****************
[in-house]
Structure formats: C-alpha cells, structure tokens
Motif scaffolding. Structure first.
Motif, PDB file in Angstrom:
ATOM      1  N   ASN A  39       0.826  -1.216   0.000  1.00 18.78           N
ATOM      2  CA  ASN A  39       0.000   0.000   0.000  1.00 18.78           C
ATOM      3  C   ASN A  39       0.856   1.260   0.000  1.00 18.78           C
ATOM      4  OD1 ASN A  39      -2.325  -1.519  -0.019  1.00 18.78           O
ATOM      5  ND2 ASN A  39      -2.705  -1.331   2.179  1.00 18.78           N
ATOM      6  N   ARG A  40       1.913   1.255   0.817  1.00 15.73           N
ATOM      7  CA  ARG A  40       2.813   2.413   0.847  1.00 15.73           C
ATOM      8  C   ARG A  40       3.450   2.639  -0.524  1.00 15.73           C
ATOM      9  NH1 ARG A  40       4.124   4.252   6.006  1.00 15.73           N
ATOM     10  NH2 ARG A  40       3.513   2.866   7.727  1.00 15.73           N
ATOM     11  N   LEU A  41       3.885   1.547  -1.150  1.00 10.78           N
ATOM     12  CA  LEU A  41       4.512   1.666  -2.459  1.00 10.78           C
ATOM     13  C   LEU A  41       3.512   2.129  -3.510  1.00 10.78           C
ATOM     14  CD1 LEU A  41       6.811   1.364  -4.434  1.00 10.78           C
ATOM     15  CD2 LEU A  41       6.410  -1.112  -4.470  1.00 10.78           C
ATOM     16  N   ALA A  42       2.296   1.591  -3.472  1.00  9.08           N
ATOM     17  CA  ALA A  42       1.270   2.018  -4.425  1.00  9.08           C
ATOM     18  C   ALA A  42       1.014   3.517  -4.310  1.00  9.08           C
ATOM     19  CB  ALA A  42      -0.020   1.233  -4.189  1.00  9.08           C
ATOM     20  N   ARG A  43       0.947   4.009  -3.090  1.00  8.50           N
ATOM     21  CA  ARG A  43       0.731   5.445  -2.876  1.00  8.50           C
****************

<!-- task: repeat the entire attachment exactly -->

[in-house]
Structure formats: C-alpha cells, structure tokens
Motif scaffolding. Structure first.
Motif, PDB file in Angstrom:
ATOM      1  N   ASN A  39       0.826  -1.216   0.000  1.00 18.78           N
ATOM      2  CA  ASN A  39       0.000   0.000   0.000  1.00 18.78           C
ATOM      3  C   ASN A  39       0.856   1.260   0.000  1.00 18.78           C
ATOM      4  OD1 ASN A  39      -2.325  -1.519  -0.019  1.00 18.78           O
ATOM      5  ND2 ASN A  39      -2.705  -1.331   2.179  1.00 18.78           N
ATOM      6  N   ARG A  40       1.913   1.255   0.817  1.00 15.73           N
ATOM      7  CA  ARG A  40       2.813   2.413   0.847  1.00 15.73           C
ATOM      8  C   ARG A  40       3.450   2.639  -0.524  1.00 15.73           C
ATOM      9  NH1 ARG A  40       4.124   4.252   6.006  1.00 15.73           N
ATOM     10  NH2 ARG A  40       3.513   2.866   7.727  1.00 15.73           N
ATOM     11  N   LEU A  41       3.885   1.547  -1.150  1.00 10.78           N
ATOM     12  CA  LEU A  41       4.512   1.666  -2.459  1.00 10.78           C
ATOM     13  C   LEU A  41       3.512   2.129  -3.510  1.00 10.78           C
ATOM     14  CD1 LEU A  41       6.811   1.364  -4.434  1.00 10.78           C
ATOM     15  CD2 LEU A  41       6.410  -1.112  -4.470  1.00 10.78           C
ATOM     16  N   ALA A  42       2.296   1.591  -3.472  1.00  9.08           N
ATOM     17  CA  ALA A  42       1.270   2.018  -4.425  1.00  9.08           C
ATOM     18  C   ALA A  42       1.014   3.517  -4.310  1.00  9.08           C
ATOM     19  CB  ALA A  42      -0.020   1.233  -4.189  1.00  9.08           C
ATOM     20  N   ARG A  43       0.947   4.009  -3.090  1.00  8.50           N
ATOM     21  CA  ARG A  43       0.731   5.445  -2.876  1.00  8.50           C